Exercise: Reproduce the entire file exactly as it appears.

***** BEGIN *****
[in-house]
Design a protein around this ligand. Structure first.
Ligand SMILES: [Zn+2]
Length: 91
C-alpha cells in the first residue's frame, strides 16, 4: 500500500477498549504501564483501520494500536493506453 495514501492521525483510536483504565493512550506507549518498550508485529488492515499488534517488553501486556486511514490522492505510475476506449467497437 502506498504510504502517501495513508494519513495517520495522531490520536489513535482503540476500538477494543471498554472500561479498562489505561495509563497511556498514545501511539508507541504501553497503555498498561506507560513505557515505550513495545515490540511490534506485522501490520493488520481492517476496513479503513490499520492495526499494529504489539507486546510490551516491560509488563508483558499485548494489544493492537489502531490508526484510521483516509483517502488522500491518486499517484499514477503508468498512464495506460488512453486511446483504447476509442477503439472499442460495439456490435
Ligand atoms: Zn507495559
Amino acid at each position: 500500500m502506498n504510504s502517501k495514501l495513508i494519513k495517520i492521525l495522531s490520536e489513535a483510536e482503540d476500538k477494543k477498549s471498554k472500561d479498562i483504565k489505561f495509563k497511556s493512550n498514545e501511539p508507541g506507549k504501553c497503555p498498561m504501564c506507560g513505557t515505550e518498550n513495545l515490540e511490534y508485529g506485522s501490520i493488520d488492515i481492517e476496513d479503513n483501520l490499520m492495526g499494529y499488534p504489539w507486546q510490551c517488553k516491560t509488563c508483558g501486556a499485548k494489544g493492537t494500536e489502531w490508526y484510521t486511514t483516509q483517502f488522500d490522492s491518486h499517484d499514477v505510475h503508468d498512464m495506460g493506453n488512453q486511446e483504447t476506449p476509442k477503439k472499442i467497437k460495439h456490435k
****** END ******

[in-house]
Design a protein around this ligand. Structure first.
Ligand SMILES: [Zn+2]
Length: 91
C-alpha cells in the first residue's frame, strides 16, 4: 500500500477498549504501564483501520494500536493506453 495514501492521525483510536483504565493512550506507549518498550508485529488492515499488534517488553501486556486511514490522492505510475476506449467497437 502506498504510504502517501495513508494519513495517520495522531490520536489513535482503540476500538477494543471498554472500561479498562489505561495509563497511556498514545501511539508507541504501553497503555498498561506507560513505557515505550513495545515490540511490534506485522501490520493488520481492517476496513479503513490499520492495526499494529504489539507486546510490551516491560509488563508483558499485548494489544493492537489502531490508526484510521483516509483517502488522500491518486499517484499514477503508468498512464495506460488512453486511446483504447476509442477503439472499442460495439456490435
Ligand atoms: Zn507495559
Amino acid at each position: 500500500m502506498n504510504s502517501k495514501l495513508i494519513k495517520i492521525l495522531s490520536e489513535a483510536e482503540d476500538k477494543k477498549s471498554k472500561d479498562i483504565k489505561f495509563k497511556s493512550n498514545e501511539p508507541g506507549k504501553c497503555p498498561m504501564c506507560g513505557t515505550e518498550n513495545l515490540e511490534y508485529g506485522s501490520i493488520d488492515i481492517e476496513d479503513n483501520l490499520m492495526g499494529y499488534p504489539w507486546q510490551c517488553k516491560t509488563c508483558g501486556a499485548k494489544g493492537t494500536e489502531w490508526y484510521t486511514t483516509q483517502f488522500d490522492s491518486h499517484d499514477v505510475h503508468d498512464m495506460g493506453n488512453q486511446e483504447t476506449p476509442k477503439k472499442i467497437k460495439h456490435k